Growing plants from seed is fun, a great deal cheaper than buying plants, and in most cases quite easy. We will come to sowing seeds outdoors later. The principal reason for sowing many plants under glass or indoors is to have mature specimens ready for planting out in our temperate climate as soon as the frosts have ended.
Sowing seed indoors
A relatively inexpensive way to greatly improve your chance of success with many types of seed is to invest a modest sum in an electrically heated propagator that will warm up the soil to aid germination but excellent results can be achieved indoors with non-heated propagators and even margarine pots covered with a plastic bag!
One early note of caution about propagating from seed: the biggest problem you may run into is having far too many seedlings (and subsequently plants) for the space available! Unless you can bring yourself to throw some seedlings away you may find yourself supplying most of your family and friends or with every window sill in the house covered with plants until the weather permits them being moved outside. One full seed tray (or better still two half trays or more small trays) of seed can produce a considerable number of plants. If you prick every one of these out and subsequently put them on you may be dealing with hundreds of plants.
Successful germination of Seeds
Successful germination depends on moisture and warmth but also air and light. Some seeds need to be kept out of the light for germination and most young seedlings although needing light for healthy growth cannot cope with full sunlight streaming through a window or the glass of a greenhouse. As a rule of thumb, seeds are usually sown at a depth equal to their thickness but peas and beans that are fleshy should be sown approx. 50 mm (2 in) deep because of the way they move towards the surface of the soil as they germinate. Small seeds need the lightest dusting with very fine soil and ultrafine seeds should not be covered other than with a sheet of glass and some brown paper.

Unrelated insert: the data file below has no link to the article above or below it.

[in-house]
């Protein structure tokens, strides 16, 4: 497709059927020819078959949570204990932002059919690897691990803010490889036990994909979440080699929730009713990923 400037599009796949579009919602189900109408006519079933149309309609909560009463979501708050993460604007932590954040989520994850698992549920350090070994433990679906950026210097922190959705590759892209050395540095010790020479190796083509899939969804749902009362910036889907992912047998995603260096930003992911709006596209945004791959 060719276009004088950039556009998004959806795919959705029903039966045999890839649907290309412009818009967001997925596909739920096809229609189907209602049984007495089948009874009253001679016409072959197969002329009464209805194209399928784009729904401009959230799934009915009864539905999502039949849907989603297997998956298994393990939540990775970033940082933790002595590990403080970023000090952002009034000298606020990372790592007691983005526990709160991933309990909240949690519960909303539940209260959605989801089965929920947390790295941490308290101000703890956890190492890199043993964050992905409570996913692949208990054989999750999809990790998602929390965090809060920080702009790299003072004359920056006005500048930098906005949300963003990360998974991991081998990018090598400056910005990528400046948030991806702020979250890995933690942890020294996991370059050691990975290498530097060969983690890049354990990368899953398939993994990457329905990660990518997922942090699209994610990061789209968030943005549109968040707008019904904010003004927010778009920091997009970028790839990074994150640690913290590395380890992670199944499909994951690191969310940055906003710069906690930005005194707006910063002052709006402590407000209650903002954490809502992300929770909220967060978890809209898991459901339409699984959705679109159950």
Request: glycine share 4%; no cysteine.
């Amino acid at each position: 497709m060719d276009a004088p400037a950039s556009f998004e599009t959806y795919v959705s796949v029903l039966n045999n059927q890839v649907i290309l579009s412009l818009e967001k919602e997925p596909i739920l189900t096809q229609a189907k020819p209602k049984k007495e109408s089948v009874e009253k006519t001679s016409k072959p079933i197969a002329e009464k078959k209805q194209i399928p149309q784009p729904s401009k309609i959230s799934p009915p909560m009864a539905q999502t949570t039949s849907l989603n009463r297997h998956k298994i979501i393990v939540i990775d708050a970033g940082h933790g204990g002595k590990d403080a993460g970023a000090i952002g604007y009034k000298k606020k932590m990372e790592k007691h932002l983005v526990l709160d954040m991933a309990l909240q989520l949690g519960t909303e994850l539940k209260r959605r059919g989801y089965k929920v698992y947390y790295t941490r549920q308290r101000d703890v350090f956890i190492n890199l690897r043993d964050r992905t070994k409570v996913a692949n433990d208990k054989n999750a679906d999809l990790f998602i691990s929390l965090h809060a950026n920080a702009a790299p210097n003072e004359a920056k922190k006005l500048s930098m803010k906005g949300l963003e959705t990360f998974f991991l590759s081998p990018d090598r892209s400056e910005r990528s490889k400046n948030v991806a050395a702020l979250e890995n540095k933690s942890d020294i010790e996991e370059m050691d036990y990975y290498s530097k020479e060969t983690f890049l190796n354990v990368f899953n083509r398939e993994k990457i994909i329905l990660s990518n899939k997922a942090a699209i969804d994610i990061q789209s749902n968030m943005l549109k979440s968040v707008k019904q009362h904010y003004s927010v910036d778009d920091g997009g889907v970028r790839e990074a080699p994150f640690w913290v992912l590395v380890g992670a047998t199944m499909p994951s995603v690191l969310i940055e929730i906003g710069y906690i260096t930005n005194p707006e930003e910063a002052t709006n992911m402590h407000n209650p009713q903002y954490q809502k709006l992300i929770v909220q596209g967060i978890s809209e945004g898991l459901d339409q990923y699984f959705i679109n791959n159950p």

This article cannot incorporate specific advice for every type of seed but the best brands of seeds have all the information you need for the specific type on the packet. Sweet peas, for example, are best germinated in a non-heated propagator or covered tray that is initially shaded from the light. Notoriously tricky germinators, like trailing varieties of Lobelia for planting in baskets, require a little extra care than the basic techniques. It is important with the ultrafine seeds of Lobelia to moisten the compost in the seed tray from below rather than by water from above and the seeds should merely be pressed against the surface of the compost without covering. Lobelia is one of those annuals that benefits from the kickstart of bottom heat.
Check when the seeds can be sown and, if you intend sowing them indoors in trays, check that the seed packet does not suggest this is a type of plant that does not take kindly to any transplanting. This will usually be made clear by any absence of reference to sowing under cover and will include only phrases such as “sow directly in the flowering position.”
A few tips for success growing Seed
The main general recipe for success when sowing seed indoors (or under glass) is to thoroughly sift the compost/ growing medium so there are no clods and to then firm the compost down. Most gardeners who grow plants from seed all the time have a board the right size for seed trays with which they can firm the soil. A general-purpose compost is perfectly acceptable but many people go to the trouble of using a special compost for seedlings or mix their own.
More seedlings and young plants are killed by over-watering than ever fail through neglect. Seeds need moisture to germinate and then to grow but few will thrive if they are sodden. The principal reason for the use of propagators (or polythene bags) when sowing seed is to retain moisture but it is also important that there is ventilation. Most purpose-built propagators also have vents that can be opened.
Generally, seed trays are best kept moist with a mist-type sprayer or by placing the seed tray on a capillary mat that introduces moisture from below rather than from above – until the seedlings become stronger.
Perhaps the biggest mystique surrounding growing plants from seed (and perhaps even in dealing with ready-grown plants) is recognizing the type of plant. Reasons are given for “lack of success” by more than a few “failed” gardeners sometimes reveal a complete misunderstanding about the life cycles of different plants. (click the next button to preview the next page)